Sandy Hook charity serves lemonade, acts of kindness in wake of tragedy

In the wake of a senseless atrocity that shook the nation, one Newtown, Conn., family founded a charity with the simple goal of teaching kids to be kind -- and free lemonade is helping to spread the message.

After their 6-year-old daughter lost her best friend, Charlotte Bacon, in the Sandy Hook school shooting, Aaron and Christiann Carlson were determined to turn tragedy into a teachable moment. The result was the Newtown Kindness Organization, which exists to encourage compassion and random acts of kindness.

“We are not exclusively a Newtown recovery program.” Aaron Carlson told “We are trying to reach kids everywhere.”


The organization’s first event was the Charlotte Bacon Act of Kindness Awards, a ceremony that recognized children for acts of goodwill that range from volunteering at a hospital to leading a kindergarten class through a lesson on kindness. But what the group has become best known for is its Charlotte’s Lemonade Stand program, which gives away lemonade stand kits -- complete with jugs, pitchers, lemonade mix, sugar and “act of kindness cards.” Kids who apply for the kits are encouraged to give away their lemonade for free, and to hand out a card that encourages the thirsty customer to perform a random act of kindness.

The Carlsons hope it is a fitting tribute to Charlotte and the 19 first-grade classmates killed along with six educators at the school on Dec. 14, 2012, when a troubled 20-year-old named Adam Lanza stormed in and opened fire. He killed himself at the scene after perpetrating the second deadliest mass shooting in U.S. history.

Carlson says he and his wife were inspired by all the outside efforts to assist and comfort Newtown residents in the wake of the horrific attack. His organization began as a Facebook page for the Kindness Awards, but when he received interest from all over the country, the scope of his mission grew.

The now-annual awards ceremony, which Newtown Kindness hosted again this year on Charlotte Bacon’s birthday, is the organization’s flagship. Winners from across the country are flown into Connecticut and awarded donations to the charity of their choice for their efforts in creating kinder communities.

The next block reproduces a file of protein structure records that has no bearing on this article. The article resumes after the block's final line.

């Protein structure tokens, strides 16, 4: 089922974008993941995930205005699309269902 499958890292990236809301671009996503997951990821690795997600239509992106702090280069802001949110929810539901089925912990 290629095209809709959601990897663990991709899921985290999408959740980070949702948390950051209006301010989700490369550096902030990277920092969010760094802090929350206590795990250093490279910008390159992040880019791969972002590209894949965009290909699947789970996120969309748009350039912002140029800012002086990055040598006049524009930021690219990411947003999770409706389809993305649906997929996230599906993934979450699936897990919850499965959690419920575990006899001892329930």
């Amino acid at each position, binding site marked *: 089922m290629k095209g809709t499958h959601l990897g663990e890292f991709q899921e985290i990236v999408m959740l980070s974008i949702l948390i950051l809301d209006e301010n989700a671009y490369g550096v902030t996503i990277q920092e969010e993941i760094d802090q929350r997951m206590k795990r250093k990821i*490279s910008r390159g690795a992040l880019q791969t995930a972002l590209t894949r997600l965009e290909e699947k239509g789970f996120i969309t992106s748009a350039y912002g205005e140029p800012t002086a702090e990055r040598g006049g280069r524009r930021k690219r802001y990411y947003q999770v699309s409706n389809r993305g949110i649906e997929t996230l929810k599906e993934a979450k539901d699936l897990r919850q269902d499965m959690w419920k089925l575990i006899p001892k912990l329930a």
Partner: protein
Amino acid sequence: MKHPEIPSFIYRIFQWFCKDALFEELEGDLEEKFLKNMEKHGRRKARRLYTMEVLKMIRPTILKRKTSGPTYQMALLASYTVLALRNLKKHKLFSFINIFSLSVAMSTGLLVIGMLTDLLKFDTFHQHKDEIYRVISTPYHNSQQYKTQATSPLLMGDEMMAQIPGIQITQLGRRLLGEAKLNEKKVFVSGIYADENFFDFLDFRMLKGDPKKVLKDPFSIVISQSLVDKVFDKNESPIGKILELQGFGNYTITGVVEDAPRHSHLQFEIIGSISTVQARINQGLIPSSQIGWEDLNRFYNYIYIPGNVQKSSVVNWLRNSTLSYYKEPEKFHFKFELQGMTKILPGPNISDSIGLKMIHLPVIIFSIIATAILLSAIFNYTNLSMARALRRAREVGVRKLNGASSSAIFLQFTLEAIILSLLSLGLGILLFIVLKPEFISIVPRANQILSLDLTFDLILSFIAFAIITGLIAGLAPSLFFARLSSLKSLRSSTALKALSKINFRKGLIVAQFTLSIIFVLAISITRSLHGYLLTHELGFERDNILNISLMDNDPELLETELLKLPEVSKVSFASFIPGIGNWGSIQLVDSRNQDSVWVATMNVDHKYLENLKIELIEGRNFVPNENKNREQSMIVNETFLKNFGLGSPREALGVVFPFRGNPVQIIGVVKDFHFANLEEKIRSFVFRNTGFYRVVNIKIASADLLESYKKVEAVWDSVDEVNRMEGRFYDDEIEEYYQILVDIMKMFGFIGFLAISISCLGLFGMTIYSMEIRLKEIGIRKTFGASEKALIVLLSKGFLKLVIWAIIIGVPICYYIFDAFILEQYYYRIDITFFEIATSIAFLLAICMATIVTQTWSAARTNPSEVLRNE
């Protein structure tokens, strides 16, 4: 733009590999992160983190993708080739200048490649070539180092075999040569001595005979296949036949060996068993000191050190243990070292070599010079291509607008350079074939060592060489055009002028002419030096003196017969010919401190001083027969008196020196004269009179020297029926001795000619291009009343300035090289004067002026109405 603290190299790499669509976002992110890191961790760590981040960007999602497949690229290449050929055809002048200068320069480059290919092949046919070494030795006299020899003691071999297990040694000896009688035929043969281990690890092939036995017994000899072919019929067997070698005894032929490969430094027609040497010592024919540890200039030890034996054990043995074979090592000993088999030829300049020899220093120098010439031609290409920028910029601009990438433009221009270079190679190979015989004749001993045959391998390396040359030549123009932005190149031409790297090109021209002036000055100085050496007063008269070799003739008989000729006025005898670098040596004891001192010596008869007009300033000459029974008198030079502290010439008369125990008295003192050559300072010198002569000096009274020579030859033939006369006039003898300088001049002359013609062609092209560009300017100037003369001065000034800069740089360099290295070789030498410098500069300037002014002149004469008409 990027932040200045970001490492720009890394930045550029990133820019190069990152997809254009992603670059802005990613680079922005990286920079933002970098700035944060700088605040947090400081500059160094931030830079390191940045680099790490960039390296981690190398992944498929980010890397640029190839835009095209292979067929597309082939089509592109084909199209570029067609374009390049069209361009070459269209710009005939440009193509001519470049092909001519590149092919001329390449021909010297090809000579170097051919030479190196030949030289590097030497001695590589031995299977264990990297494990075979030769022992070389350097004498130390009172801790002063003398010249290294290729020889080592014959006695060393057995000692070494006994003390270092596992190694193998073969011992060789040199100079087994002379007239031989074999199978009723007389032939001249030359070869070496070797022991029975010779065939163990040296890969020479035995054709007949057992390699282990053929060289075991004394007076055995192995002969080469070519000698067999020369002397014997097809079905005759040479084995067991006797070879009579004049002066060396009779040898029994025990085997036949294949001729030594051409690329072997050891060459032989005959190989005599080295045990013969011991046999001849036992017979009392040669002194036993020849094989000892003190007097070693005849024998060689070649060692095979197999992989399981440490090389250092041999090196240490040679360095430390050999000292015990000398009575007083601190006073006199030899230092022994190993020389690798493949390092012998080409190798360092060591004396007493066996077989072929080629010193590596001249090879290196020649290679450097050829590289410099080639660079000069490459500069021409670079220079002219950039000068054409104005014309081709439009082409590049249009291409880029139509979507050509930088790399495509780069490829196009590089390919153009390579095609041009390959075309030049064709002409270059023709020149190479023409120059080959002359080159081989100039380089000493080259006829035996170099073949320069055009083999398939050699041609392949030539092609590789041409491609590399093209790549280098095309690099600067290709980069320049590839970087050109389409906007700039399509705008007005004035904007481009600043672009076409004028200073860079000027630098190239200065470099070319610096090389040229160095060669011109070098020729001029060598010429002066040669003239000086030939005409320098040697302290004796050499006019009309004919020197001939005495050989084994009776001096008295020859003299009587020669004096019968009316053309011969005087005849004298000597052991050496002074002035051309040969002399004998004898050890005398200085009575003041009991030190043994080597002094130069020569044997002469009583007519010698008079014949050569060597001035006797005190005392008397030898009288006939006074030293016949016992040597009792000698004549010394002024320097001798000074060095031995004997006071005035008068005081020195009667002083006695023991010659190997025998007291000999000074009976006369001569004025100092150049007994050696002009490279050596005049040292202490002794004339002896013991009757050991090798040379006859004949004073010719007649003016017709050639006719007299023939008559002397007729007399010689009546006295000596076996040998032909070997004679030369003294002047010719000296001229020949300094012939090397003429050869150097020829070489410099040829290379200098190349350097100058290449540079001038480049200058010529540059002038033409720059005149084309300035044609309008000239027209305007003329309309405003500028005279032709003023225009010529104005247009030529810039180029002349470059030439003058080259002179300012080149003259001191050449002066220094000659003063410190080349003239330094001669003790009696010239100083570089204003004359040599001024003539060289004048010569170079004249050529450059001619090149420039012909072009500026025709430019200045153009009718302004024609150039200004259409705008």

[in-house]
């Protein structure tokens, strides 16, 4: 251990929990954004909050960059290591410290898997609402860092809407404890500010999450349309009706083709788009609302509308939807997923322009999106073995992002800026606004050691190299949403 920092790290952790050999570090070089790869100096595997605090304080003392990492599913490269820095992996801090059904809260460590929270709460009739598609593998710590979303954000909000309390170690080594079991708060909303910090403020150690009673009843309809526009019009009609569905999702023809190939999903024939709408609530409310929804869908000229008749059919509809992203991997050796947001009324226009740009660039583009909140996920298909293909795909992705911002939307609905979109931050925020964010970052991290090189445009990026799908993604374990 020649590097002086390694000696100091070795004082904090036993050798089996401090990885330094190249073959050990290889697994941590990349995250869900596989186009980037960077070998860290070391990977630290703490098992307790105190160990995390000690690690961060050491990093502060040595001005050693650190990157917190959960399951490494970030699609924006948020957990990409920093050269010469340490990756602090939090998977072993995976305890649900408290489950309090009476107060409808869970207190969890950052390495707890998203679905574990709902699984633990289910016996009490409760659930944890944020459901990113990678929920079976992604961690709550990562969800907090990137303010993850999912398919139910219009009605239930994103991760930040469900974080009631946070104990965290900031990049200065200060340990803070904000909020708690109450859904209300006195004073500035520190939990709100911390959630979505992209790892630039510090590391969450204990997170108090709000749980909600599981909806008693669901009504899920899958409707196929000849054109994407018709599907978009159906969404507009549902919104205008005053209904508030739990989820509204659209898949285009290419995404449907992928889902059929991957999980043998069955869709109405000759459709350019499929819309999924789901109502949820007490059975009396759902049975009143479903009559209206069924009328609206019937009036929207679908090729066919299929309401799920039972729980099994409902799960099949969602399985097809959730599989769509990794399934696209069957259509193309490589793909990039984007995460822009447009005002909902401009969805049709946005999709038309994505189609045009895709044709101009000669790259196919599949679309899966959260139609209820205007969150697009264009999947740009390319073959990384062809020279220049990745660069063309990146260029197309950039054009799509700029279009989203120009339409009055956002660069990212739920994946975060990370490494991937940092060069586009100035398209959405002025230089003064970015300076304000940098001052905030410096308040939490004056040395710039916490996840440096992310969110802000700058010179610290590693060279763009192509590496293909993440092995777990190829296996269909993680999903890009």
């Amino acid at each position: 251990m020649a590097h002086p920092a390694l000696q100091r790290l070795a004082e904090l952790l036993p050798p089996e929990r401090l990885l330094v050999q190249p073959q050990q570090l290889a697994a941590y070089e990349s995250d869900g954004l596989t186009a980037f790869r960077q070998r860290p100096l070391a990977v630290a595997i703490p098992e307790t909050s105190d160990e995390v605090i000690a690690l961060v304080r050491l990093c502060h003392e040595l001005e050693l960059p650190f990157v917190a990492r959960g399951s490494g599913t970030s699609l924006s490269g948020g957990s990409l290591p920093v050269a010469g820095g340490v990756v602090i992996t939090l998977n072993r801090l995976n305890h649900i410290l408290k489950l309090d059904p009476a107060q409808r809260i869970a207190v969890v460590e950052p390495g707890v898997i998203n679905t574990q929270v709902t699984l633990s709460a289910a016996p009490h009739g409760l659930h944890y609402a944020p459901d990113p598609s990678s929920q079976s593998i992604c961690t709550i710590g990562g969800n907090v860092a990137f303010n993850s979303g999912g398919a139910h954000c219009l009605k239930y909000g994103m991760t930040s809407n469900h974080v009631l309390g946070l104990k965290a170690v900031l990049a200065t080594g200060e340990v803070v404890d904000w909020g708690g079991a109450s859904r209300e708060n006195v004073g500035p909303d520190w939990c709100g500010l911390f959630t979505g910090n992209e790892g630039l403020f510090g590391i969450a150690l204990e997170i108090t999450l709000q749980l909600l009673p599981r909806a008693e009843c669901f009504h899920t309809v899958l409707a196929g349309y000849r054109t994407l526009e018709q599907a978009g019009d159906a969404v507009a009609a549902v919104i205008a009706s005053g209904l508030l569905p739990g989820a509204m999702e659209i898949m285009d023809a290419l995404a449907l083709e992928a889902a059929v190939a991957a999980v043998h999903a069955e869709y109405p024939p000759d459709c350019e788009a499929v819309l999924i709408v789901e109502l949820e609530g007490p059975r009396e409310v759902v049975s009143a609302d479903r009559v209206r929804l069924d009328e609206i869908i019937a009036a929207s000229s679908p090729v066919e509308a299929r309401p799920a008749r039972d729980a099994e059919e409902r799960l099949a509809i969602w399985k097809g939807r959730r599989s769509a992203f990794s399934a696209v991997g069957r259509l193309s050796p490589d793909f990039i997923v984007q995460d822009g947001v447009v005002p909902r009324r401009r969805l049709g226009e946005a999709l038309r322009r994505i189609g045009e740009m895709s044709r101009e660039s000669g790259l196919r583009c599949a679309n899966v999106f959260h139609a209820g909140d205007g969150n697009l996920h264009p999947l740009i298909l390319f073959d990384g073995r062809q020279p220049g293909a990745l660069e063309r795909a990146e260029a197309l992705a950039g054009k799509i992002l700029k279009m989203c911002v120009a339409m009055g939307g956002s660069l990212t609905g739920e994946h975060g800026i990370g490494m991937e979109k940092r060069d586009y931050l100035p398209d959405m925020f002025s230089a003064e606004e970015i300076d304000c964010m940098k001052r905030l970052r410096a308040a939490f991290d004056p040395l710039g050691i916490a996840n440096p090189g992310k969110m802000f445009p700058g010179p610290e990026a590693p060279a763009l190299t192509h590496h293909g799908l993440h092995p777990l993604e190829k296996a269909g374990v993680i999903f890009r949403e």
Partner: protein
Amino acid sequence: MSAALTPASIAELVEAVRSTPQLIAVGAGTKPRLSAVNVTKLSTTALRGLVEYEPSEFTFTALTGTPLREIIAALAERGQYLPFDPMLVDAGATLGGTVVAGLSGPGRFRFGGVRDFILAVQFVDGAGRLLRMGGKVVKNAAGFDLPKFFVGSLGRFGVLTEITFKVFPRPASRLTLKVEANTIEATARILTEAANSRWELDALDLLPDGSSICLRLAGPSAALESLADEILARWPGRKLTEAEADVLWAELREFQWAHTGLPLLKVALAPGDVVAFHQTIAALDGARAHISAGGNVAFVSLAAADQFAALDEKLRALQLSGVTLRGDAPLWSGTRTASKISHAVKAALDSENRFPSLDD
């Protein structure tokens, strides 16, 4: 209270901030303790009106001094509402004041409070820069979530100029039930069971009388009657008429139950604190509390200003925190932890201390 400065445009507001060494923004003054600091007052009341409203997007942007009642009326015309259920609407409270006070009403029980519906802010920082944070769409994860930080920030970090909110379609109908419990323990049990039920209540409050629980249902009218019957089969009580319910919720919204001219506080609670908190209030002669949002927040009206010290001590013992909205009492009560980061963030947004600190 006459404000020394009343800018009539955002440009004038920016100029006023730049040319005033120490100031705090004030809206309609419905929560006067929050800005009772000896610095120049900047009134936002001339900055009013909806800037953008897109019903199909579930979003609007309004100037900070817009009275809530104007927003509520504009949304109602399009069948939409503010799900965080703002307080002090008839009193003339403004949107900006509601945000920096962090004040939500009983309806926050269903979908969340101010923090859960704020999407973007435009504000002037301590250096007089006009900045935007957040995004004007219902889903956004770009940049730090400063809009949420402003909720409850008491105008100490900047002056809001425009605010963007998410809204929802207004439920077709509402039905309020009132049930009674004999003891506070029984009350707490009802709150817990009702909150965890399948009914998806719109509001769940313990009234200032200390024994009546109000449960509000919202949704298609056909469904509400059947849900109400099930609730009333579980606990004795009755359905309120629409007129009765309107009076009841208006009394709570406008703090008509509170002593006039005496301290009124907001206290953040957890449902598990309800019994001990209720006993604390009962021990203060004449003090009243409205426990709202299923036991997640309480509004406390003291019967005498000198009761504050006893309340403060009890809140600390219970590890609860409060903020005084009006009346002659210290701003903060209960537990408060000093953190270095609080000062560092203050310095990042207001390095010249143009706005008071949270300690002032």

“Recognizing kids definitely creates a ripple effect,” Carlson said. “We don’t want to just preach kindness. We want the kids to get involved.”

Since the first awards ceremony in February 2013, the organization’s funding and participation have snowballed. Carlson said the organization has nearly 200 volunteers and sponsors, including the Philadelphia Phillies baseball team, Hershey’s, the Los Angeles Kings hockey team and UPS.

“We started this thing in reaction to this unbearable tragedy that happened in our backyard," Carlson said. "We didn’t expect thousands of participants right away, but now that we have people’s attention, we want to foster kindness in children around the world, through organized acts of kindness and in the educational world.”

Other Newtown Kindness programs include Charlottes Litter, a program dedicated to breeding therapy dogs and getting them to children who lost friends or family in the Sandy Hook shootings; another is the Kindness Bucket Program, which distributes an empty bucket and three children’s books authored by Newtown schoolteacher Carol McCloud that encourage recipients to “fill their bucket” with acts of kindness.

Newtown Kindness has given out dozens of the lemonade stand kits and will continue to do so throughout the summer. The intended message – that kindness for its own sake is constructive and rewarding – has resonated among young participants.

“I held a free lemonade stand with some friends outside of a school in my community when kids were leaving camp for the day,” said Kendra Dascano, a 14-year-old from Danbury, Conn. “Being kind isn't complicated.  It can be as simple as a smile or a free glass of lemonade. Many people have asked me why I would give out free lemonade -- what's the point?  I'm not making any money.  My answer is because it is a nice thing to do.”

Matt Atignani, a 9-year-old from Sandy Hook who also ran a free lemonade stand, reflected on the experience as an appreciation for our power to create positive change.

 “I enjoyed doing this very much,” he told “If everyone did just one nice thing for someone else every day, the world would be a much happier place.”